Slow travel highlights supporting the local economy, eating local foods and even staying overnight with or dining with local residents. Slow travel tends to be independent travel or in small-group slow travel tours, off-the-beaten path or away from heavily traveled tourist zones.
It may sound cliché but slow travel is more about the journey itself than the destination. It’s a mindset of slowing down the pace of your traveling and looking for a richer, more meaningful experience along the way rather than just having a whirlwind tour of an entire country in a short amount of time.
The History of Slow Travel
Slow travel is actually an offshoot from the slow food movement which began in Piedmont, Italy in the 1980s as a backlash against fast food. Local food producers rallied to call more attention to the local chefs, farmers and artisans that were already producing the best local food after a McDonalds was proposed to be built in Rome.
What began as the slow food movement expanded to include travel as well, and today the term slow movement refers to both food and travel.
Europe has become a popular destination for slow travel experiences of all kinds including slow food tours, camping, glamping, and other slow travel opportunities, though it’s catching on around the world.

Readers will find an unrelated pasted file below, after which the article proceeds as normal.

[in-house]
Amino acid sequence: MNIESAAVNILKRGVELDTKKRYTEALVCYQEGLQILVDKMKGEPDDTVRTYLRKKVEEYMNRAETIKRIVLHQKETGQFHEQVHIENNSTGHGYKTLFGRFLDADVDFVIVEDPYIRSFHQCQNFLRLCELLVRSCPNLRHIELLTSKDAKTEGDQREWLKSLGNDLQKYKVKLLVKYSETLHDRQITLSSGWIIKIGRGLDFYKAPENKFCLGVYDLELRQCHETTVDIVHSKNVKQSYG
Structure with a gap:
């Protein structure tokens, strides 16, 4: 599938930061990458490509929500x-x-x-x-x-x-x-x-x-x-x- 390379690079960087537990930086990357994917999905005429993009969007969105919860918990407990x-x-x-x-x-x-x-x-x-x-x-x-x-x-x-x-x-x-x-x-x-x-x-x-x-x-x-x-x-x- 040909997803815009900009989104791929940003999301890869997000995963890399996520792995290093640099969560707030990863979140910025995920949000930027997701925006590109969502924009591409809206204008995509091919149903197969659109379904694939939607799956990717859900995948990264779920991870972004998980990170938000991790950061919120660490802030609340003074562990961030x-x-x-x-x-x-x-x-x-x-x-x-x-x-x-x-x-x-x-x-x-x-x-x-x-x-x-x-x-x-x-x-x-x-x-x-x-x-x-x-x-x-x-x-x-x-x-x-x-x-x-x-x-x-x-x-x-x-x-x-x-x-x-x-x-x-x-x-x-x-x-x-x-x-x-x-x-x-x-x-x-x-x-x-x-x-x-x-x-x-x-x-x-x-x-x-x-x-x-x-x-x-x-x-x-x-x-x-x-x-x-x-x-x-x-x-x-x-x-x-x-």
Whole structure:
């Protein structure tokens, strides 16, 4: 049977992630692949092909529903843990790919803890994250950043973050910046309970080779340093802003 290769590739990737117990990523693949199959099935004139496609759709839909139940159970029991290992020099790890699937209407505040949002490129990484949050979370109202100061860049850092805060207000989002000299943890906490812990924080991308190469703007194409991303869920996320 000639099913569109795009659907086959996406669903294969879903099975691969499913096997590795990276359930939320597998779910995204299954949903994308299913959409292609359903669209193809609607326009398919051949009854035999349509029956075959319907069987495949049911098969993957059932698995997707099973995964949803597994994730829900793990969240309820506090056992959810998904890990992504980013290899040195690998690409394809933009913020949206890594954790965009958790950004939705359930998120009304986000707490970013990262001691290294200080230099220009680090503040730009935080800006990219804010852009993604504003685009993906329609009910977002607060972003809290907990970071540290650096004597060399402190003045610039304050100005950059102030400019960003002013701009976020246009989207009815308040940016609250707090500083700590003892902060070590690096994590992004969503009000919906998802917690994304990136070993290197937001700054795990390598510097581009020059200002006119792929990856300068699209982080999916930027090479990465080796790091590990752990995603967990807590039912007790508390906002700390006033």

We believe in the benefits of slow tourism, and as more travelers become aware of their impact on the destinations they visit and the planet, you’ll see more slow travel opportunities emerge.
It’s important to remember that we as travelers can foster a pull-through effort of tourism marketing by demanding more slow food and travel experiences.
The more we seek our travel and food experiences that support local producers and are easy on the environment, and are locally grown and sustainable, the better for everyone.
Examples of Slow Travel
If you’re looking for specific ways to incorporate more slow travel into your itinerary, here are some examples to help get your started. Once you get into the groove, you’ll find your own way, which could be doing one of these, or nothing at all.
There’s nothing like a leisurely road trip to let your hair down, roll down the windows and enjoy the ride. A good road trip forces you to slow down, take the road less traveled more (to avoid traffic) and actually enjoy the experience of driving to your destination.
Road trips were the norm when I was young — and are for many families — and my favorite childhood memories are of me and my 3 older sisters piling into the back and way back of our Ford Country Squire station wagon and off we’d go to Florida or Virginia Beach.
I still love road trips as an adult — in fact, our Florida road trips are some of our favorite trips in recent years.
Local Producer and Slow Travel Tours
Looking back, we have always, sort of naturally, traveled slow. But we first learned about the slow travel movement from our friends at Km Zero Tours in Tuscany, Italy. They are slow travel experts and committed to supporting local producers. They can show you around a local vineyard in Chianti, introduce you to a Tuscan woodworker, or show you around a local cashmere goat farm.